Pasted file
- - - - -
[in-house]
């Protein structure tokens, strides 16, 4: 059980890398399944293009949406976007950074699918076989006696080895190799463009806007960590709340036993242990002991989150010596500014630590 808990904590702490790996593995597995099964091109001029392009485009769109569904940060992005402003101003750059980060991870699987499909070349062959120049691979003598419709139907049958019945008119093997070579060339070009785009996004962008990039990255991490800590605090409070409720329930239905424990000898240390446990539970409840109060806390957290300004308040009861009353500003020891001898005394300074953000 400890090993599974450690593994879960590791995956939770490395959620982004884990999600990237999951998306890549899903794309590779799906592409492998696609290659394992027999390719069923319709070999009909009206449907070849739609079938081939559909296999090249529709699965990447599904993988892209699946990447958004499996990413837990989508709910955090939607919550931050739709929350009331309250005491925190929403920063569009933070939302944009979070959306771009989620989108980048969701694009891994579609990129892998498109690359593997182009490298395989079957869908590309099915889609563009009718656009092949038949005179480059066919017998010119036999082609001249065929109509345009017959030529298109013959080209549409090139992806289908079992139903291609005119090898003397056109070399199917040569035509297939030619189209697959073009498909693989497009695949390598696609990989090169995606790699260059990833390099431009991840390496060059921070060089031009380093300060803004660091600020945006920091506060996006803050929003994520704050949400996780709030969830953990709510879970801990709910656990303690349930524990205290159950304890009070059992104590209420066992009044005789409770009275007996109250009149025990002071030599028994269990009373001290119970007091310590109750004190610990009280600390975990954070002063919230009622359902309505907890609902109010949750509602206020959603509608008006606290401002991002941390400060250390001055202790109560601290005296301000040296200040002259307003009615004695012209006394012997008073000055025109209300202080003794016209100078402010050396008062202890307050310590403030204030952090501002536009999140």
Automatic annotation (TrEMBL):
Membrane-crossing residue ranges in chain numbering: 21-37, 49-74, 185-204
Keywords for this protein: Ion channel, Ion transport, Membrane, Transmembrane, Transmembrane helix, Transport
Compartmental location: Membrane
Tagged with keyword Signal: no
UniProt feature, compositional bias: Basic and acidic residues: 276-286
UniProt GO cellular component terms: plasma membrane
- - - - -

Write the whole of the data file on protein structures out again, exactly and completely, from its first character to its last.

[in-house]
């Protein structure tokens, strides 16, 4: 059980890398399944293009949406976007950074699918076989006696080895190799463009806007960590709340036993242990002991989150010596500014630590 808990904590702490790996593995597995099964091109001029392009485009769109569904940060992005402003101003750059980060991870699987499909070349062959120049691979003598419709139907049958019945008119093997070579060339070009785009996004962008990039990255991490800590605090409070409720329930239905424990000898240390446990539970409840109060806390957290300004308040009861009353500003020891001898005394300074953000 400890090993599974450690593994879960590791995956939770490395959620982004884990999600990237999951998306890549899903794309590779799906592409492998696609290659394992027999390719069923319709070999009909009206449907070849739609079938081939559909296999090249529709699965990447599904993988892209699946990447958004499996990413837990989508709910955090939607919550931050739709929350009331309250005491925190929403920063569009933070939302944009979070959306771009989620989108980048969701694009891994579609990129892998498109690359593997182009490298395989079957869908590309099915889609563009009718656009092949038949005179480059066919017998010119036999082609001249065929109509345009017959030529298109013959080209549409090139992806289908079992139903291609005119090898003397056109070399199917040569035509297939030619189209697959073009498909693989497009695949390598696609990989090169995606790699260059990833390099431009991840390496060059921070060089031009380093300060803004660091600020945006920091506060996006803050929003994520704050949400996780709030969830953990709510879970801990709910656990303690349930524990205290159950304890009070059992104590209420066992009044005789409770009275007996109250009149025990002071030599028994269990009373001290119970007091310590109750004190610990009280600390975990954070002063919230009622359902309505907890609902109010949750509602206020959603509608008006606290401002991002941390400060250390001055202790109560601290005296301000040296200040002259307003009615004695012209006394012997008073000055025109209300202080003794016209100078402010050396008062202890307050310590403030204030952090501002536009999140």
Automatic annotation (TrEMBL):
Membrane-crossing residue ranges in chain numbering: 21-37, 49-74, 185-204
Keywords for this protein: Ion channel, Ion transport, Membrane, Transmembrane, Transmembrane helix, Transport
Compartmental location: Membrane
Tagged with keyword Signal: no
UniProt feature, compositional bias: Basic and acidic residues: 276-286
UniProt GO cellular component terms: plasma membrane